Video

Rapid Readouts: Phase 3 ASCENT Study for Metastatic Triple-Negative Breast Cancer

Hope S. Rugo, MD, FASCO, discusses data presented at the 2021 American Society of Clinical Oncology annual meeting from the phase 3 ASCENT study of patients with metastatic triple-negative breast cancer treated with sacituzumab govitecan.

Hope S. Rugo, MD, FASCO, discusses data from the following presentation:

  • Assessment of Sacituzumab Govitecan vs Treatment of Physician’s Choice Cohort by Agent in the Phase 3 ASCENT Study of Patients with Metastatic Triple-Negative Breast Cancer. (O’Shaughnessy, ASCO 2021, Abstract 1077)
    • The objective of this study is to report results in patients with metastatic triple-negative breast cancer (mTNBC) treated with sacituzumab govitecan or treatment of physician’s choice (TPC).
    • Sacituzumab govitecan (SG) is an antibody-drug conjugate comprised of an anti–Trop-2 antibody coupled to a cytotoxic SN-38 through a hydrolyzable linker.
    • 529 patients with mTNBC who had received ≥ 2 prior chemotherapies were randomly assigned 1:1 to either SG 10 mg/kg intravenously on days 1 & 8, every 21-day cycle (n=267), or treatment of physician’s choice (capecitabine, eribulin, vinorelbine, or gemcitabine) (n=262).
    • Efficacy outcomes were assessed in the brain metastases-negative population for each agent:
      • Progression-free survival (PFS) assessed by blinded independent central review per RECIST 1.1.
      • Secondary end points were objective response rate (ORR) assessed by blinded independent central review per RECIST 1.1, duration of response, overall survival (OS), and safety.
    • Conclusions: efficacy
      • SG resulted in longer median PFS vs each TPC agent (eribulin, vinorelbine, capecitabine, gemcitabine): 5.6 vs 2.1, 1.6, 1.6, and 2.7 months, respectively.
      • SG treatment also resulted in longer median OS vs eribulin, vinorelbine, capecitabine, or gemcitabine (12.1 vs 6.9, 5.9, 5.2, and 8.4 months, respectively).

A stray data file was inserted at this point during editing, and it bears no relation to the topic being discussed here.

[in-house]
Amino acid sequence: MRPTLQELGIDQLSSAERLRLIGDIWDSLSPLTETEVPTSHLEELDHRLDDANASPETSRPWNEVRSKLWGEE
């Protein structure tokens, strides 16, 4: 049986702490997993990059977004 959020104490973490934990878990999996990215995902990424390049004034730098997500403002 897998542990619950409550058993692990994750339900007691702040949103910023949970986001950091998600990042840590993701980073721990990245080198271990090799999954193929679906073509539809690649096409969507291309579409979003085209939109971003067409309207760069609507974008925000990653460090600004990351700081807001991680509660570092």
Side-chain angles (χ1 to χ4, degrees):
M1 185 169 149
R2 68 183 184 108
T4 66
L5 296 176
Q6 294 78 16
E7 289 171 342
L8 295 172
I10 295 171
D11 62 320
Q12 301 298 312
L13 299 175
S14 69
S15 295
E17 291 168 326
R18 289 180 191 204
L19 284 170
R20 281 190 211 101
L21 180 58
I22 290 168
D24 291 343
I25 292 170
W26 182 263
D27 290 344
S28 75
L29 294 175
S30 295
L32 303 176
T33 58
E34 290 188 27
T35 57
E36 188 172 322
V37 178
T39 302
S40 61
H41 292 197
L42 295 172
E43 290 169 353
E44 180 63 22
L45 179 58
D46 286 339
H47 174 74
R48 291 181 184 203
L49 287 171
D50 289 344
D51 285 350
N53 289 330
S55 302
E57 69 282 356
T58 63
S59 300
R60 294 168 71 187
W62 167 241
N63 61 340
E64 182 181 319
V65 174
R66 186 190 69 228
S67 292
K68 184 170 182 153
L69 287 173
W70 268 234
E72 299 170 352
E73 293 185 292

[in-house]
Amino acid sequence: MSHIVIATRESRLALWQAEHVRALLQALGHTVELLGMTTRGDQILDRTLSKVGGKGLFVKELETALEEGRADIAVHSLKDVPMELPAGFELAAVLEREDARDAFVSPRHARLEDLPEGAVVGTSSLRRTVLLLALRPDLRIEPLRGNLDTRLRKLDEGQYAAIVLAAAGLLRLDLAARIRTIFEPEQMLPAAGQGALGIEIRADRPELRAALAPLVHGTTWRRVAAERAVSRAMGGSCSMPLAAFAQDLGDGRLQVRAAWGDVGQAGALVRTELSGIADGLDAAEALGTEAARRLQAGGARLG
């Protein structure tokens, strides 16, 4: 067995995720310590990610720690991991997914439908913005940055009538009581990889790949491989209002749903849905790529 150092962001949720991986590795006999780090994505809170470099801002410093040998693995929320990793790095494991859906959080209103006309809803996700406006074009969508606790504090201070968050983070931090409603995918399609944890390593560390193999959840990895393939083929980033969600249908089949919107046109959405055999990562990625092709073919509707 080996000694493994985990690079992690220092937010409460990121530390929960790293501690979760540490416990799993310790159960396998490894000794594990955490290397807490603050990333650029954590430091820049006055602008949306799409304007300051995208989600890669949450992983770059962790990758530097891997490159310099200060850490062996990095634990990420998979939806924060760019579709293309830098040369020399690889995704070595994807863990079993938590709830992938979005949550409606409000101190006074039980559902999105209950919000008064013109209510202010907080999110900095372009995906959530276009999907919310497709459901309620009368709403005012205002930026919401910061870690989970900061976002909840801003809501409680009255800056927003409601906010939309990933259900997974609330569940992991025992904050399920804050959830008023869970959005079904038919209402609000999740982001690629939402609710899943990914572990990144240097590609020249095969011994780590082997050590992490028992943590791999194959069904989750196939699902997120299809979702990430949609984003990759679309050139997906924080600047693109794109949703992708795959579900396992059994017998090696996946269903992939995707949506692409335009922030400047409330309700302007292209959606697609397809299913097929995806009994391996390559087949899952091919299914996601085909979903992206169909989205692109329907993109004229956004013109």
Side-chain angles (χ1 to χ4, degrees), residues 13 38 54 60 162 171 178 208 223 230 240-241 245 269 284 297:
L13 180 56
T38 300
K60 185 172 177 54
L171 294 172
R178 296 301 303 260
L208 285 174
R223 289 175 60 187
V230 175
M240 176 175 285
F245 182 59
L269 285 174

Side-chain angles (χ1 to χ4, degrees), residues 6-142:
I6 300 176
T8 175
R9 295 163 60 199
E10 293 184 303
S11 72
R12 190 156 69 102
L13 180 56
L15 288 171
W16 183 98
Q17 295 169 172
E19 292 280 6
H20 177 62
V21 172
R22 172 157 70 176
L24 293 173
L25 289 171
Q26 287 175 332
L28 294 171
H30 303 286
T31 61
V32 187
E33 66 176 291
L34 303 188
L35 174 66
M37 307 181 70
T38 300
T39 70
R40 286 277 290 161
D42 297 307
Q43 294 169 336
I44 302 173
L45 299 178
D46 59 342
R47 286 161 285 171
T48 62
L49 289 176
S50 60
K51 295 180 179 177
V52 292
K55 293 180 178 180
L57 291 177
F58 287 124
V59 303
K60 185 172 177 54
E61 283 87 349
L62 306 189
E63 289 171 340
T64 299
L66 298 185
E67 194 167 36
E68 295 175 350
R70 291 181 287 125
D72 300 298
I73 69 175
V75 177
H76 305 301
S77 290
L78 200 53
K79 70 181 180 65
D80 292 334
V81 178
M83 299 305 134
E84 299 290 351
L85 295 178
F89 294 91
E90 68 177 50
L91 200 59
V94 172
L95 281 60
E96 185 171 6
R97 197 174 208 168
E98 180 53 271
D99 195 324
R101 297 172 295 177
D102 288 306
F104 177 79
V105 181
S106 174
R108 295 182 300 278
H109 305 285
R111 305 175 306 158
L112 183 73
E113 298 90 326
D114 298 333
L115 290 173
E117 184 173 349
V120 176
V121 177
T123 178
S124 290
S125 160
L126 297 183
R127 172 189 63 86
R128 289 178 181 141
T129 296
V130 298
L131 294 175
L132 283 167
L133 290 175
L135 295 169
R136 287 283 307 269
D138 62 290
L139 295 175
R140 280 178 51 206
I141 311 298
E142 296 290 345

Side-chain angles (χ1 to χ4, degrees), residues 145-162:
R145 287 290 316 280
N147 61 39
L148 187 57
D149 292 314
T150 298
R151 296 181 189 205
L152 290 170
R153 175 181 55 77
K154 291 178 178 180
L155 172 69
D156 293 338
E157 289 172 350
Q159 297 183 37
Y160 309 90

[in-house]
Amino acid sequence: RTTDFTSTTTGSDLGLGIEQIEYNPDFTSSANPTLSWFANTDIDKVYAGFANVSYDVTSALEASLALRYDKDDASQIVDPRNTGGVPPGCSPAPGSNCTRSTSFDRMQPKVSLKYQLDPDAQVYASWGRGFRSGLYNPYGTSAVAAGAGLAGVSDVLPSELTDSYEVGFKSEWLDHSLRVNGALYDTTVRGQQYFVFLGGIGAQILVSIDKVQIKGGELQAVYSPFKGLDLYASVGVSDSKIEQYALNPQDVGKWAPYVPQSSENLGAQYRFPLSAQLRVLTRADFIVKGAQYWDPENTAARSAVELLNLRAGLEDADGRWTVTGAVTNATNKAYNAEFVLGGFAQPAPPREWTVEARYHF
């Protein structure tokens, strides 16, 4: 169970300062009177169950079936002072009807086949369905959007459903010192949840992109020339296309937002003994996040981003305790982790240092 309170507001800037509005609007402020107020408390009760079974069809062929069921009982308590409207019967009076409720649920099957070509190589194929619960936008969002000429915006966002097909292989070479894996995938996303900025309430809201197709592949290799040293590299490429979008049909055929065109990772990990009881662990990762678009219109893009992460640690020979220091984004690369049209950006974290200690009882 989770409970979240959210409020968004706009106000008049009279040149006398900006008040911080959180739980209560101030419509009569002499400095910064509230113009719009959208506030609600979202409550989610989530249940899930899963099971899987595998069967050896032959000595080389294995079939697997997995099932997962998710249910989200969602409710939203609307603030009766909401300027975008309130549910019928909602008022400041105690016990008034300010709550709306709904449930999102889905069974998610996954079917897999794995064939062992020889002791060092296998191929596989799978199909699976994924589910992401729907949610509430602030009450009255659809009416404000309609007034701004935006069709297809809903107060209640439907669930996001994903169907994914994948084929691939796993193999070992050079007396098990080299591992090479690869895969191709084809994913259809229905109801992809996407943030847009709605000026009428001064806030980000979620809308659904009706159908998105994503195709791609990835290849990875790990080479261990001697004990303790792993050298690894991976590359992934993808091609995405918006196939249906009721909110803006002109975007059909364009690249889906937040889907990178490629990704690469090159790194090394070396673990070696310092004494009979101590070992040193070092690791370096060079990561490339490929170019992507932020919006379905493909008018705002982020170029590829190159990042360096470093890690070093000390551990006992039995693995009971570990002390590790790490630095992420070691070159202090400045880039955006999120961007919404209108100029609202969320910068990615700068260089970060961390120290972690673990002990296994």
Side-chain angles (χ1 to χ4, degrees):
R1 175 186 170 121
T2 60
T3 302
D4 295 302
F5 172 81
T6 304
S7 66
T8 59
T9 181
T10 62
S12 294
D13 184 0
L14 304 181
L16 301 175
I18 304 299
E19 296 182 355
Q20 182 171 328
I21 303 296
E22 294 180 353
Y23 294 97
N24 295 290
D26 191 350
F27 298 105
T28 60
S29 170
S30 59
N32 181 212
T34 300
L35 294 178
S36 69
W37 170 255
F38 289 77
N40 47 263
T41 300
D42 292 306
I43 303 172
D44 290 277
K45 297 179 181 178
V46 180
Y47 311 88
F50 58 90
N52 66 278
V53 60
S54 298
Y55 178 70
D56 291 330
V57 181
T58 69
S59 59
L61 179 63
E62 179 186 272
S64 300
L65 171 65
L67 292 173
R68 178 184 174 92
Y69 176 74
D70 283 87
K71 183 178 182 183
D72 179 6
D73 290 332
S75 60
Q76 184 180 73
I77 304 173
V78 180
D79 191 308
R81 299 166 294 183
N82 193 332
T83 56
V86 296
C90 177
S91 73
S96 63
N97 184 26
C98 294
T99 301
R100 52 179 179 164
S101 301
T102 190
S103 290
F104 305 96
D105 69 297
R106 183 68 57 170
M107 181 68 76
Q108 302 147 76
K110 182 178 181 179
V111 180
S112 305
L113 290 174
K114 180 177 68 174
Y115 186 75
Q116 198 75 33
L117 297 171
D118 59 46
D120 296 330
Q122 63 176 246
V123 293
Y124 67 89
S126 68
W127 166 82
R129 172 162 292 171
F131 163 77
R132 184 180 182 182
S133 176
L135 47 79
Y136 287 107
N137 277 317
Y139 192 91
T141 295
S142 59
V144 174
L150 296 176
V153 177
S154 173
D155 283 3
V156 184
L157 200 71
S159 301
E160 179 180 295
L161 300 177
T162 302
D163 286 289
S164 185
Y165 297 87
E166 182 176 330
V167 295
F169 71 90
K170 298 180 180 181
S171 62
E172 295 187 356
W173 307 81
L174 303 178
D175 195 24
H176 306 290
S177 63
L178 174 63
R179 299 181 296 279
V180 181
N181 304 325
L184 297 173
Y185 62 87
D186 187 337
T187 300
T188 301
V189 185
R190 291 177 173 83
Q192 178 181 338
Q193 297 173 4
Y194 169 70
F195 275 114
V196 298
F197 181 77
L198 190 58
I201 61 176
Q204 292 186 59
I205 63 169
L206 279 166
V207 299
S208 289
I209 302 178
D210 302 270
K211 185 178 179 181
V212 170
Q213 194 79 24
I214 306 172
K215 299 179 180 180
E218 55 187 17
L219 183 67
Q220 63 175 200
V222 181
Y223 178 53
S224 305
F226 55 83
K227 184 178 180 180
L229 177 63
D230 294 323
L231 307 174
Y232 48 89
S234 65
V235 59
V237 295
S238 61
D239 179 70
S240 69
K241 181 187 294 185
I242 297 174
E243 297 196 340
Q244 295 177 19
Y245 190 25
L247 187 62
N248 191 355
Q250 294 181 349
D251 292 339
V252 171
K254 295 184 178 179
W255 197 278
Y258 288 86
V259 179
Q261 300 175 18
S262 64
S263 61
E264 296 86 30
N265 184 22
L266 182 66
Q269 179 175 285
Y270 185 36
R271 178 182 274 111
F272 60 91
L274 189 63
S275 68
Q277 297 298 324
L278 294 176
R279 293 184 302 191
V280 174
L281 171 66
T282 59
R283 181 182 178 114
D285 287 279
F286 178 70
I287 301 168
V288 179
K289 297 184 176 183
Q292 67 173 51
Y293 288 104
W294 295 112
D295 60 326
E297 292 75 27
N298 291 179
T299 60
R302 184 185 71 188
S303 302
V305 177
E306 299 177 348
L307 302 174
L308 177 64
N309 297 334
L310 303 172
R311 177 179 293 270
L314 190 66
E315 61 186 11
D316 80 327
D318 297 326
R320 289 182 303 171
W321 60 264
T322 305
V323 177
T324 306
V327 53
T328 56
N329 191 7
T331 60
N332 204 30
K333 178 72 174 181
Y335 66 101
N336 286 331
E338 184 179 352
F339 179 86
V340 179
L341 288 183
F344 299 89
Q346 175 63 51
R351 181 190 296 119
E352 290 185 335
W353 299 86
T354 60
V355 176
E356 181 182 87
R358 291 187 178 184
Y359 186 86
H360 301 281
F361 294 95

• The ORR (35% vs 5%, 4%, 6%, and 3%) and clinical benefit rate (45% vs 8%, 6%, 10%, and 14%) were higher with SG vs eribulin, vinorelbine, capecitabine, or gemcitabine.
      • Median duration of response for SG was 6.3 months compared to eribulin, vinorelbine, capecitabine, or gemcitabine (3.6, 2.8, not evaluable, and 2.9 months, respectively).
    • Conclusions: safety
      • Grade ≥3 treatment-related adverse events (AEs) with SG vs eribulin vs the other 3 TPC agents combined included neutropenia (51% vs 31% vs 36%), leukopenia (10% vs 5% vs 6%), diarrhea (10% vs 0% vs 1%), anemia (8% vs 2% vs 8%), febrile neutropenia (6% vs 2% vs 2%), and fatigue (2% vs 5% vs 6%).
      • SG has a manageable safety profile and low rates of discontinuation due to AEs, and no treatment-related deaths were reported.
  • An efficacy benefit was seen with SG vs TPC and retained when evaluating each TPC chemotherapy agent individually.
  • These results support consideration of SG as a new standard of care in patients with pretreated mTNBC.
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